It takes community

Published 10:21 pm Friday, February 2, 2018

By QuaWanna Bannarbie

Riddle me this: “What is large enough to pack a football stadium but cannot without you in the center?”

It is likely that your mind is on football this weekend. So, here’s a hint, the answer to the riddle has more to do with fellowship than it does sportsmanship. However, fellowship is related to the Super Bowl. Gatherings, both large and small, take place this Sunday because of American football. Whether you’re a fan of the game or the halftime show, this mutual association with the game creates a unique environment for food, fraternity and family.


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Speaking of family, do you remember the national uproar over the bilingual singing of “America the Beautiful” in Coca-Cola’s Super Bowl ad last year? I got chills as I listened, and I still do when I play it again on YouTube. The ending message of the commercial simply stated, “Together is Beautiful.”

The backlash after the commercial aired was far from beautiful. Several critics were appalled that this anthem was sung in any language other than English. I wondered how these critics see the environment around them. Do they only recognize the people that look like them? If so, their affiliations are likely small and limited. How unfortunate for them.

The history of our nation has dark periods when our associations with each other are intentionally limited. Past laws were enforced that prevented partnership, mutual collaboration and even marriage. You do not have to look very far for evidence of this. I drove down East Washington Street earlier this week to find the remains of Phoenix Bank of Nansemond. In the 1920s, black farmers and businessmen could not establish loans with white-owned banks. Therefore, the blacks in this city opened a two-story building to serve members of the growing black commerce and agricultural community. The hardship of the Great Depression led to the bank closing in 1931. Today, there are interests in the bank’s revival as a city museum for African-American history. Men were working there when I passed by. The building has been called “a symbol of the hope of a community.” (March 5, 2005, Suffolk News-Herald).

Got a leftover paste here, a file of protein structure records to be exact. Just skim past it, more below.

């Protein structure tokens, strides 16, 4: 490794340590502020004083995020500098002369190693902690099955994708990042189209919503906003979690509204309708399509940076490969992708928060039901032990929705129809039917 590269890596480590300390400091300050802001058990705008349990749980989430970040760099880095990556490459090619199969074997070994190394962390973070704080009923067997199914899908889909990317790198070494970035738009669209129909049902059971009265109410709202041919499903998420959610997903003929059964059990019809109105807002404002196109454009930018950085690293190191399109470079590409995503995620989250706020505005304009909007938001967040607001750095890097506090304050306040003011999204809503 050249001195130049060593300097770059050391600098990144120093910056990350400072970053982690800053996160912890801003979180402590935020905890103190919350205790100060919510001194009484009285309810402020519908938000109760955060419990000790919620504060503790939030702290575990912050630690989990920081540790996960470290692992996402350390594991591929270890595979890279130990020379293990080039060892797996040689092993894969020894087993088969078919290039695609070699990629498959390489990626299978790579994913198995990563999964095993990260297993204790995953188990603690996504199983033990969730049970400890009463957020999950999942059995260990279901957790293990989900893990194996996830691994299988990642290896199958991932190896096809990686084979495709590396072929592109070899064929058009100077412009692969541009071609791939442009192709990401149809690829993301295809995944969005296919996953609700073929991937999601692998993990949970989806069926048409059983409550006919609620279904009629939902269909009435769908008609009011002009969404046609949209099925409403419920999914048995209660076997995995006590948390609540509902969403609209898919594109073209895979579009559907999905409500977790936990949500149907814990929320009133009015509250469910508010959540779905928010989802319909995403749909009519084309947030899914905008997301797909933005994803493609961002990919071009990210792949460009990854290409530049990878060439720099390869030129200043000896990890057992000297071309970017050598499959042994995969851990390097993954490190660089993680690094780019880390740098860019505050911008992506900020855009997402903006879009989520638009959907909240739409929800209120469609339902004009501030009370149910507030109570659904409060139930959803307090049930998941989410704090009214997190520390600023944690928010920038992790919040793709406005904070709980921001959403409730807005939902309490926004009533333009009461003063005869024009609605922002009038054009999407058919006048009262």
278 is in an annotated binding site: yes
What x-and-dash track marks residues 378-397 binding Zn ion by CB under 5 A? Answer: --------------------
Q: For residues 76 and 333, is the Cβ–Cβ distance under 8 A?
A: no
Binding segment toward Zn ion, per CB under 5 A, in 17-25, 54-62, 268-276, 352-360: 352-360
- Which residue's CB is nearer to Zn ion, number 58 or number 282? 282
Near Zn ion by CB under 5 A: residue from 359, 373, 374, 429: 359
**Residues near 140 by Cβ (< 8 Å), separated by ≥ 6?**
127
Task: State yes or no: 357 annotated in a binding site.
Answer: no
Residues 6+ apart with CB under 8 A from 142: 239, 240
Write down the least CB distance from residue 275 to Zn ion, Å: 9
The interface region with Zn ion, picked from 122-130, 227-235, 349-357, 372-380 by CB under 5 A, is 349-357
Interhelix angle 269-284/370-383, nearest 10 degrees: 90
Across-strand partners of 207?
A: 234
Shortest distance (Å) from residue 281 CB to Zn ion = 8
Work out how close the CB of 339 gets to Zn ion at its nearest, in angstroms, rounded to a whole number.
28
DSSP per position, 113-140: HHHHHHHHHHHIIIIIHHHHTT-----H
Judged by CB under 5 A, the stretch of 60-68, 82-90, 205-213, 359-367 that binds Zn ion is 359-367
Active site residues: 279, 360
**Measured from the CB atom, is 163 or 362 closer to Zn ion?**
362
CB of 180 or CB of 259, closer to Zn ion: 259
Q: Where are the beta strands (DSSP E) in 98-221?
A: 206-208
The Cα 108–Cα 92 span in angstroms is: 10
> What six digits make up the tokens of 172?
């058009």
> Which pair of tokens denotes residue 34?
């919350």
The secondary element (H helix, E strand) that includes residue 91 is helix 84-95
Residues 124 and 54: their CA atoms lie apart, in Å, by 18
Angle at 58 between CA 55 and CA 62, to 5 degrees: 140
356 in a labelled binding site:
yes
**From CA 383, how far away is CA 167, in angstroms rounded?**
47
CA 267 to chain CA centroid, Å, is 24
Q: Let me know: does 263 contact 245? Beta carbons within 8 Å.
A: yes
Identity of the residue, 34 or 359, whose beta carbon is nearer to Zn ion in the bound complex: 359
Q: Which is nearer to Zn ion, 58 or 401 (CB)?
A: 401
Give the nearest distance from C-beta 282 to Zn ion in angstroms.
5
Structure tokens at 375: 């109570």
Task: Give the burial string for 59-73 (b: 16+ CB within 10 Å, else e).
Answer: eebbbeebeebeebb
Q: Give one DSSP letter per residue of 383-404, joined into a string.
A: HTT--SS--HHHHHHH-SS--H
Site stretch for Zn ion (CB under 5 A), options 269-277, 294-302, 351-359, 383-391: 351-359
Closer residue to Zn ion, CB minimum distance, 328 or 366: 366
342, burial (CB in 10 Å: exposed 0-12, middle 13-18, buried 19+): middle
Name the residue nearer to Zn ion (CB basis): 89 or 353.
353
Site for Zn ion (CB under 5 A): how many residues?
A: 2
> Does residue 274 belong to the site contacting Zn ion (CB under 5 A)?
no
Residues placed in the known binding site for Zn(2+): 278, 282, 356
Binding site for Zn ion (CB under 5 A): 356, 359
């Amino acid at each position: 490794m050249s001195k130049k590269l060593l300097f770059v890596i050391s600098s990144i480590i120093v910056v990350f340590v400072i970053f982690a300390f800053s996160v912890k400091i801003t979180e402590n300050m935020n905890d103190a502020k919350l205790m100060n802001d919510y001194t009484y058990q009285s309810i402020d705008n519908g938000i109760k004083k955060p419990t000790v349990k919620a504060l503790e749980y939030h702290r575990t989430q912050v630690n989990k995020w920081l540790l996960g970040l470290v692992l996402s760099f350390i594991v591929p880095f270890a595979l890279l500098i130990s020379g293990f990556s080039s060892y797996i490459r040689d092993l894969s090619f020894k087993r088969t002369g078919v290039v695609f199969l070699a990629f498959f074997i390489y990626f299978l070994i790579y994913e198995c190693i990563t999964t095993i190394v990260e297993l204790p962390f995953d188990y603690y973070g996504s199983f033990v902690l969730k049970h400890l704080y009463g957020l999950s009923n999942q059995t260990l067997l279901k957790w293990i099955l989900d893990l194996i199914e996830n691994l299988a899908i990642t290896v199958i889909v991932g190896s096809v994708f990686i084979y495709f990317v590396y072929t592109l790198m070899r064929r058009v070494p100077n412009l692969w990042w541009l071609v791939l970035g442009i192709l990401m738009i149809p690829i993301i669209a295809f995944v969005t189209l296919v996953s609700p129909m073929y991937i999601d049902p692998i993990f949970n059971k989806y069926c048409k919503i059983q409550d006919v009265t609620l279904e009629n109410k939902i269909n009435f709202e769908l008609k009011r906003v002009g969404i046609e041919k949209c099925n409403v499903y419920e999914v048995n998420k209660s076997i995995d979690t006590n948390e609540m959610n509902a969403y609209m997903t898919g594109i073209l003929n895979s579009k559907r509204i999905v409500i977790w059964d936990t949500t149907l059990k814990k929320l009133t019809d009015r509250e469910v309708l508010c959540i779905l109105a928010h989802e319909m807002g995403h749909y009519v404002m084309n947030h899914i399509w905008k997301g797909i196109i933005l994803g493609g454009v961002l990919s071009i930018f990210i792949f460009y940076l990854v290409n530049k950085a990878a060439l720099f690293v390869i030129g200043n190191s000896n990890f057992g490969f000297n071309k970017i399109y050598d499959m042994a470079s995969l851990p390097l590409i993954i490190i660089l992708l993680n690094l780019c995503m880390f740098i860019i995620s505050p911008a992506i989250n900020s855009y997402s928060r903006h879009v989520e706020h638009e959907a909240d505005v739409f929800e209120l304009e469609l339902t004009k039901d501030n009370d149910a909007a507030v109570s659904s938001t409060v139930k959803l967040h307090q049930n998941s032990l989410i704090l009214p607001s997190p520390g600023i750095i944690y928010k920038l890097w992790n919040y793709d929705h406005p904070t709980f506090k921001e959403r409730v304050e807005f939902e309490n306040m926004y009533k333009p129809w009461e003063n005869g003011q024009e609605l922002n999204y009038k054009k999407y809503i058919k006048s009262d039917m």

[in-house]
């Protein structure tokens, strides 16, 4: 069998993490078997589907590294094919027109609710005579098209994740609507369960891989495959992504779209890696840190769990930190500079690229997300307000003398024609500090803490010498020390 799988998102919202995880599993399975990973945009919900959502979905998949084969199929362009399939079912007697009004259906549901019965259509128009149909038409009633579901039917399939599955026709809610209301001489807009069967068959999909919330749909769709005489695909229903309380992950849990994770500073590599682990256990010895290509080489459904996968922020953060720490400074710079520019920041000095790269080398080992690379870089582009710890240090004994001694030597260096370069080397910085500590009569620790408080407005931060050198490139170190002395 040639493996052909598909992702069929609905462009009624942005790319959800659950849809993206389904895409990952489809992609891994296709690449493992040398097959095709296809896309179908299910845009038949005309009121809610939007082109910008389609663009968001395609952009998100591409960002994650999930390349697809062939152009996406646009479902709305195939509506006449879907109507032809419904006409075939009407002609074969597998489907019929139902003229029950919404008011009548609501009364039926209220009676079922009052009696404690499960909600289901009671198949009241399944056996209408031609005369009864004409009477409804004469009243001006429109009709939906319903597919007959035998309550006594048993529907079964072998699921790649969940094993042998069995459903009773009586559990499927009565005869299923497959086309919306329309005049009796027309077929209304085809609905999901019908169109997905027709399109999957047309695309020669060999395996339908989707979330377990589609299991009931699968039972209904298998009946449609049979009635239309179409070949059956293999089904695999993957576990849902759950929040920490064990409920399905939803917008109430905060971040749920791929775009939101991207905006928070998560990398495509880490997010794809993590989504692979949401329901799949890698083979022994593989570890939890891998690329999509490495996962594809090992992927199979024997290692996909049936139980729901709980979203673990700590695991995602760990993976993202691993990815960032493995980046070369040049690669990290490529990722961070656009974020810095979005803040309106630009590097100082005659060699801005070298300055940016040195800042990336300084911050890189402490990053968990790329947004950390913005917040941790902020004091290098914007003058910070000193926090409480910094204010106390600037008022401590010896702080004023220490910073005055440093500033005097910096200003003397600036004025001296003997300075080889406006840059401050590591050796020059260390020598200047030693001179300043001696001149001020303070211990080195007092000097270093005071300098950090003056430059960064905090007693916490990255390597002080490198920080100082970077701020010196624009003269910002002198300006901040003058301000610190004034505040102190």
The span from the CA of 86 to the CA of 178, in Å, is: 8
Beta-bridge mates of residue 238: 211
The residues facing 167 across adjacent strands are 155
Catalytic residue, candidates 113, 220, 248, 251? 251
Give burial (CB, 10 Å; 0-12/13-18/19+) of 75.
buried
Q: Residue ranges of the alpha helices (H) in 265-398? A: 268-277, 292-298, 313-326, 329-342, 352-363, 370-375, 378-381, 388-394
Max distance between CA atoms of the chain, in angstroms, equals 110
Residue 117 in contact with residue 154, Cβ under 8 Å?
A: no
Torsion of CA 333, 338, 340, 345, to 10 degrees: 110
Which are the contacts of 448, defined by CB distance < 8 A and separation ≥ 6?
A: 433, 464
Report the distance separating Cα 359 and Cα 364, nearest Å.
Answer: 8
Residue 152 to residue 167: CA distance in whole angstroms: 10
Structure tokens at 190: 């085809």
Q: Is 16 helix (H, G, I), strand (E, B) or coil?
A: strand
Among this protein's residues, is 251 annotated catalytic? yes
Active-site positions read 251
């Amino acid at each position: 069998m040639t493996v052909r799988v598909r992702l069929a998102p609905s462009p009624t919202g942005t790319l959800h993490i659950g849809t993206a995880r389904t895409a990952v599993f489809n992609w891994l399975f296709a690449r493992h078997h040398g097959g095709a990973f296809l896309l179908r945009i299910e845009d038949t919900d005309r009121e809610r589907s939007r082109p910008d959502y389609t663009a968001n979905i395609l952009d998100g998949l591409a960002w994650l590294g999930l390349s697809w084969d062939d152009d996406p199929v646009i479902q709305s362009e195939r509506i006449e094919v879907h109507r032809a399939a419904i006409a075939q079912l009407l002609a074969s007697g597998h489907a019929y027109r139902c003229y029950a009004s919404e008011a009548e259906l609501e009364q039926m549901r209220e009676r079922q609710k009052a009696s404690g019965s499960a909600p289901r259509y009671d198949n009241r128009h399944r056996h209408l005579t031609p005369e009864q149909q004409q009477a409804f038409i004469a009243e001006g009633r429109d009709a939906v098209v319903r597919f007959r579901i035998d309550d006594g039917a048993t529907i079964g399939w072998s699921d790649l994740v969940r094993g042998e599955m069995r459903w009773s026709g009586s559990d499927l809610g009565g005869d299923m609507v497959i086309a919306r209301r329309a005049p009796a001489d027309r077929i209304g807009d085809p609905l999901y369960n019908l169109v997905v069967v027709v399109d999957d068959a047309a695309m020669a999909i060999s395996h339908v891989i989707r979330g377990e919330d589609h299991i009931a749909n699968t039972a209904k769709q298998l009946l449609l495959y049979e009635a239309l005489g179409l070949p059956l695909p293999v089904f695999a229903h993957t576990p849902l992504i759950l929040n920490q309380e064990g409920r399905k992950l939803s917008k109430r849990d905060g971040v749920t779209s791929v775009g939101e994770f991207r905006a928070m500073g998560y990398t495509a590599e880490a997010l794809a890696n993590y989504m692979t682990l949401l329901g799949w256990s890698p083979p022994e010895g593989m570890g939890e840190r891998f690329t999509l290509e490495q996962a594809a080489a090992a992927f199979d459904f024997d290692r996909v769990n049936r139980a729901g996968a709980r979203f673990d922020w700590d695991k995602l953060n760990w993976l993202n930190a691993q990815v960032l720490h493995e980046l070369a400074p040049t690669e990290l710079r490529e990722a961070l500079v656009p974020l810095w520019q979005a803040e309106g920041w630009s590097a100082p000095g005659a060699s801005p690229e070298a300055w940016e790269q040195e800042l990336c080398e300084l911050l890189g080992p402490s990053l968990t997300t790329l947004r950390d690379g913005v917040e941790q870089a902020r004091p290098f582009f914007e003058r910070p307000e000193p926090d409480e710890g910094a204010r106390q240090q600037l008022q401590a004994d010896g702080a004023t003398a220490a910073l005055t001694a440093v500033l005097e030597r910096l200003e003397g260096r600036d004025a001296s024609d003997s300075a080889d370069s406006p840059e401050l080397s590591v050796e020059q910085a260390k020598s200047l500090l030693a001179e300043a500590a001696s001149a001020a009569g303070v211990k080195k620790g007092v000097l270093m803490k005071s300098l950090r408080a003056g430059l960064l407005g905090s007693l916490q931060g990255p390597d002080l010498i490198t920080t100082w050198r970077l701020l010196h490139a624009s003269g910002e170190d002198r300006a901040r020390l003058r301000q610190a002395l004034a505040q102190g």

Phoenix Bank of Nansemond developed out of a need for a place of belonging and support. Building community is creating support systems that assist you to live. Your community starts with you. Community is the business of fellowship; it is the work you do to make friendly associations with others. Our purpose manifests in the fruit of our relationships. We are reproductive beings. We shape people. You create what you cultivate. Organizations, such as the Special Olympics, exists because of this very notion of releasing the God-given something in you that is meant to enlarge territory. Unity happens when the YOU knits to the WE.

In the past, there were laws that limited your community. Those laws also limited your ability to expand. In the present, the measure of your community is proportional to your mindset. If you think small, your environment is small. Your capacity to grow the fellowship with others determines how well you create a supportive space in your heart and mind for them to reside. To gather is beautiful.

Did you figure the answer to the riddle? C-O-M-M-U-N-I-T-Y. It can be large enough to pack a football stadium but not without “U” in the center. Words sometimes stand alone with a definition.

QuaWanna is an adjunct professor of Nonprofit Leadership and Management with Indiana Wesleyan University, National and Global. Her children attend Suffolk Public Schools. Connect with her via Twitter @QNikki_Notes